Differentiation is nothing new but certainly a topic of discussion in many school faculty, department and PLC meetings. Teachers are constantly being asked to differentiate everything in their classrooms. This ranges from lessons and activities to furniture and assessments. The goal of differentiation is to create a more personalized learning experience for each child and create optimal opportunities for rich learning experiences. On the surface this sounds like a great idea and naturally would be in the best interest of all kids. But is it really?
As a classroom teacher you will have anywhere from 20 to 35 individual students in your classroom. They will range spectrums of cognitive ability, maturity, academic skills, hygienic awareness and many other personal characteristics. Naturally, this makes the task of attempting to differentiate for them all quite daunting. In doing so, or at least doing it poorly, I worry we may be watering down the learning for all students.
Have we gotten to a point where we want things so differentiated that in turn the quality of the learning is diminished? Teachers are spending hours trying to create a variety of learning activities but is the end result better learning? Far too often differentiation is done in a manner to help those students who struggle in our classrooms. As a result, the higher performing students are far too often left unchallenged and quickly become bored. I don’t blame teachers for this because in our test obsessed school culture the focus is almost exclusively on bringing the “bottom up”. On top of that, if we are being honest, there are more resources and support to help that population of students than there is to enrich those on the other end of the spectrum.
Another concern with differentiation is the manner in which our classrooms are set up. Class lists are generated based on a “born on date” that ignore the nuance and complexities of child development. As a result, our classrooms have such a range that it is impossible for one teacher to achieve a truly differentiated learning experience. There is just not enough teacher to go around. I recognize teachers have little to no control over this system, but it is a reality we must recognize.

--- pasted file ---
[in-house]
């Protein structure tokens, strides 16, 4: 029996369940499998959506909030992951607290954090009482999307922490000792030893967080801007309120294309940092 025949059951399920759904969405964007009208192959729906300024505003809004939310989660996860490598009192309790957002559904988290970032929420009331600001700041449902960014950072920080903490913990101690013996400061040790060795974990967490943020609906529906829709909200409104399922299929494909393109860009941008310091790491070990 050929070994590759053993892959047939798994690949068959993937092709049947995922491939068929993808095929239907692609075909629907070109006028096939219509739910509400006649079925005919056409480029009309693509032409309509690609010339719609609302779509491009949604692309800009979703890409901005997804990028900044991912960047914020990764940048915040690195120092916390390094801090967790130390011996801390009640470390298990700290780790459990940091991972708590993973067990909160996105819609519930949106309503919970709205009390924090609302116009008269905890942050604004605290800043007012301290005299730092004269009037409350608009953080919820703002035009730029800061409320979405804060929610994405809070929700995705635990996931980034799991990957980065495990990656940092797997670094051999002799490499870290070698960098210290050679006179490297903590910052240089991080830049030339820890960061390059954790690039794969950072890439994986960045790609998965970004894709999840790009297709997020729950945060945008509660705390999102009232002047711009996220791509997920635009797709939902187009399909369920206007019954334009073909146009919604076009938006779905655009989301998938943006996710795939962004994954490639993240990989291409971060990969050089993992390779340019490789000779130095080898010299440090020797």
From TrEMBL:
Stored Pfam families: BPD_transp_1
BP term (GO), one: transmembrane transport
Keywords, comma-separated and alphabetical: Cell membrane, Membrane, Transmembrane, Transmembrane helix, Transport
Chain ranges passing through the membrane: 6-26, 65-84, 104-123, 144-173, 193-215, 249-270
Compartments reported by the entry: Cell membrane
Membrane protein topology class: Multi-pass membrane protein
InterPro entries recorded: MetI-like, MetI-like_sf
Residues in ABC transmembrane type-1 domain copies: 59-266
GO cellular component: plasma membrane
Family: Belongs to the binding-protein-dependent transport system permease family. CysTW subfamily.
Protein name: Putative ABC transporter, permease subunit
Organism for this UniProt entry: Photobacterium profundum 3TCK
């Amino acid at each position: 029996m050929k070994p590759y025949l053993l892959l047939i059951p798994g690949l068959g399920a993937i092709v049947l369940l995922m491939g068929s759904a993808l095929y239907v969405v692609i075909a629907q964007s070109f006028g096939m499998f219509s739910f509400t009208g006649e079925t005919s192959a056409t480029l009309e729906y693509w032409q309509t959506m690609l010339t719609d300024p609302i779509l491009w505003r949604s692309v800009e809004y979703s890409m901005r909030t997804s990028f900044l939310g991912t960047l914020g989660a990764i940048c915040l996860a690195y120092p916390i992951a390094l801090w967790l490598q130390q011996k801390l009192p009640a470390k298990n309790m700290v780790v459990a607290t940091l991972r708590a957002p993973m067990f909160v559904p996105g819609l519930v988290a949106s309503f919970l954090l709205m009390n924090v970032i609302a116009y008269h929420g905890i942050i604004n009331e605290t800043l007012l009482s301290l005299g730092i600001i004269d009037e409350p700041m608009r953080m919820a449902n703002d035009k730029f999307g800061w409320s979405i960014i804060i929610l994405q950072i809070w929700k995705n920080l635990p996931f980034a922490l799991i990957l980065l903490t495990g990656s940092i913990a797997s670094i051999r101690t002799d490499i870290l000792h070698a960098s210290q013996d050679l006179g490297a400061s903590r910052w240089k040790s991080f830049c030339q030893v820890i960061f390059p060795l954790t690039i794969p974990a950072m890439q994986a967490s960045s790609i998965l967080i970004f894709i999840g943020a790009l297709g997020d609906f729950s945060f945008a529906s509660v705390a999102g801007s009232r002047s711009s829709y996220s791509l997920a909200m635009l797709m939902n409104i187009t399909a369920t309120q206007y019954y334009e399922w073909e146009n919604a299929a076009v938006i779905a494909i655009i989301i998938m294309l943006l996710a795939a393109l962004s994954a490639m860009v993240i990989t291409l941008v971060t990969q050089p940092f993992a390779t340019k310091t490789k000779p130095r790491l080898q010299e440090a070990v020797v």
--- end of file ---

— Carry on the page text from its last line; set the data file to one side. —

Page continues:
My final concern looks at how much and what we differentiate. Teachers have become very good at providing choice, autonomy and modifying work so that all learners can access content. However, at times I wonder if in doing this we take away student’s opportunity to struggle and build skills such as resilience and perseverance. While I don’t want kids to struggle to the point of frustration, we need to make sure the end goal of differentiation is not to make learning easy for kids and provide every kid with the “easy A”. I myself have been guilty of stepping in too early when a kid struggles and not let them work through things like I know I should.
There are certainly solutions out there to these and many of the other concerns with differentiation. First, some will suggest we need to create more homogeneous classrooms which will make the spectrum more narrow and therefore easier to differentiate. I would caution against this as nearly all research indicates the positive learning and social benefits of heterogenous classrooms rich with diversity. For me, the solution is, as it often is to problems in schools, we need more teachers. Give every classroom teacher more sets of hands to help differentiate and support kids. Bring in parents and community volunteers to do reading groups or projects with kids. Hire more teaching assistants and co-teachers to maximize the abilities of the classroom teacher to support all learners.
Differentiation can be a game changer for kids and can provide authentic and personalized learning experiences for kids. However, if it is not supported or seen as only a way to bring the “bottom up”, it will fail and likely cause damage to the learning environment for all students.